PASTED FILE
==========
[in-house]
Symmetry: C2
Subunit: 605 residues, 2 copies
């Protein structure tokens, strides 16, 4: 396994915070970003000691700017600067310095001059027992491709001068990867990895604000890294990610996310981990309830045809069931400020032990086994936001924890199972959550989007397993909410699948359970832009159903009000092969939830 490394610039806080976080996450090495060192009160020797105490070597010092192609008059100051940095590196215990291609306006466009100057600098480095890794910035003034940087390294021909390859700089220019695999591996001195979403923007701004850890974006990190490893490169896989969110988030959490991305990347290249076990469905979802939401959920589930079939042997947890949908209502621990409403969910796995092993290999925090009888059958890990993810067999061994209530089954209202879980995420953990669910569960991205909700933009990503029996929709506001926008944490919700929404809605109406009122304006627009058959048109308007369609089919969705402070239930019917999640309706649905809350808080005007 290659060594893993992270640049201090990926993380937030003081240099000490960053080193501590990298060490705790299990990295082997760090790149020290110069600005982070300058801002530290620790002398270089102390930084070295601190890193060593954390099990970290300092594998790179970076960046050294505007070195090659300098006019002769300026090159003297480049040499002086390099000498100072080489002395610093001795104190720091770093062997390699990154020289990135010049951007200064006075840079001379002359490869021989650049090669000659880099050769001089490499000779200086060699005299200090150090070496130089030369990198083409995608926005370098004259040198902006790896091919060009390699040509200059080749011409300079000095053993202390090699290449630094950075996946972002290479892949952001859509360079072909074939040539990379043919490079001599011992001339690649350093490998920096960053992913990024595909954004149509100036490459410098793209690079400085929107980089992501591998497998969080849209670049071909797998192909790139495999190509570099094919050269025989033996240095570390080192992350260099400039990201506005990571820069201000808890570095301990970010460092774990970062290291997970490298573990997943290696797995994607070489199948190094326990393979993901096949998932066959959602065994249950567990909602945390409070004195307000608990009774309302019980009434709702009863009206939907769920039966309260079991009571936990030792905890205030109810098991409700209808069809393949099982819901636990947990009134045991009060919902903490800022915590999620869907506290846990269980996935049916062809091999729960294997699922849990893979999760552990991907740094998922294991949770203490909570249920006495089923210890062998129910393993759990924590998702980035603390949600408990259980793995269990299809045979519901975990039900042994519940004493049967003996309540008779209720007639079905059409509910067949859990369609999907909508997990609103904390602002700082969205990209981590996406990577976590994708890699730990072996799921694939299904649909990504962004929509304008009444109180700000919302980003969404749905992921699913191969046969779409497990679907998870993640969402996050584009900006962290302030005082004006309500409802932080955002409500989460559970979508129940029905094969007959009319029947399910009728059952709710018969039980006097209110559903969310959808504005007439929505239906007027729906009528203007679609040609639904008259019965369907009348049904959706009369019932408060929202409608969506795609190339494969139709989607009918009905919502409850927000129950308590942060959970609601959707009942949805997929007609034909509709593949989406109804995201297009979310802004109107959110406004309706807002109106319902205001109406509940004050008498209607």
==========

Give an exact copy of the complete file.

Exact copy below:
[in-house]
Symmetry: C2
Subunit: 605 residues, 2 copies
């Protein structure tokens, strides 16, 4: 396994915070970003000691700017600067310095001059027992491709001068990867990895604000890294990610996310981990309830045809069931400020032990086994936001924890199972959550989007397993909410699948359970832009159903009000092969939830 490394610039806080976080996450090495060192009160020797105490070597010092192609008059100051940095590196215990291609306006466009100057600098480095890794910035003034940087390294021909390859700089220019695999591996001195979403923007701004850890974006990190490893490169896989969110988030959490991305990347290249076990469905979802939401959920589930079939042997947890949908209502621990409403969910796995092993290999925090009888059958890990993810067999061994209530089954209202879980995420953990669910569960991205909700933009990503029996929709506001926008944490919700929404809605109406009122304006627009058959048109308007369609089919969705402070239930019917999640309706649905809350808080005007 290659060594893993992270640049201090990926993380937030003081240099000490960053080193501590990298060490705790299990990295082997760090790149020290110069600005982070300058801002530290620790002398270089102390930084070295601190890193060593954390099990970290300092594998790179970076960046050294505007070195090659300098006019002769300026090159003297480049040499002086390099000498100072080489002395610093001795104190720091770093062997390699990154020289990135010049951007200064006075840079001379002359490869021989650049090669000659880099050769001089490499000779200086060699005299200090150090070496130089030369990198083409995608926005370098004259040198902006790896091919060009390699040509200059080749011409300079000095053993202390090699290449630094950075996946972002290479892949952001859509360079072909074939040539990379043919490079001599011992001339690649350093490998920096960053992913990024595909954004149509100036490459410098793209690079400085929107980089992501591998497998969080849209670049071909797998192909790139495999190509570099094919050269025989033996240095570390080192992350260099400039990201506005990571820069201000808890570095301990970010460092774990970062290291997970490298573990997943290696797995994607070489199948190094326990393979993901096949998932066959959602065994249950567990909602945390409070004195307000608990009774309302019980009434709702009863009206939907769920039966309260079991009571936990030792905890205030109810098991409700209808069809393949099982819901636990947990009134045991009060919902903490800022915590999620869907506290846990269980996935049916062809091999729960294997699922849990893979999760552990991907740094998922294991949770203490909570249920006495089923210890062998129910393993759990924590998702980035603390949600408990259980793995269990299809045979519901975990039900042994519940004493049967003996309540008779209720007639079905059409509910067949859990369609999907909508997990609103904390602002700082969205990209981590996406990577976590994708890699730990072996799921694939299904649909990504962004929509304008009444109180700000919302980003969404749905992921699913191969046969779409497990679907998870993640969402996050584009900006962290302030005082004006309500409802932080955002409500989460559970979508129940029905094969007959009319029947399910009728059952709710018969039980006097209110559903969310959808504005007439929505239906007027729906009528203007679609040609639904008259019965369907009348049904959706009369019932408060929202409608969506795609190339494969139709989607009918009905919502409850927000129950308590942060959970609601959707009942949805997929007609034909509709593949989406109804995201297009979310802004109107959110406004309706807002109106319902205001109406509940004050008498209607």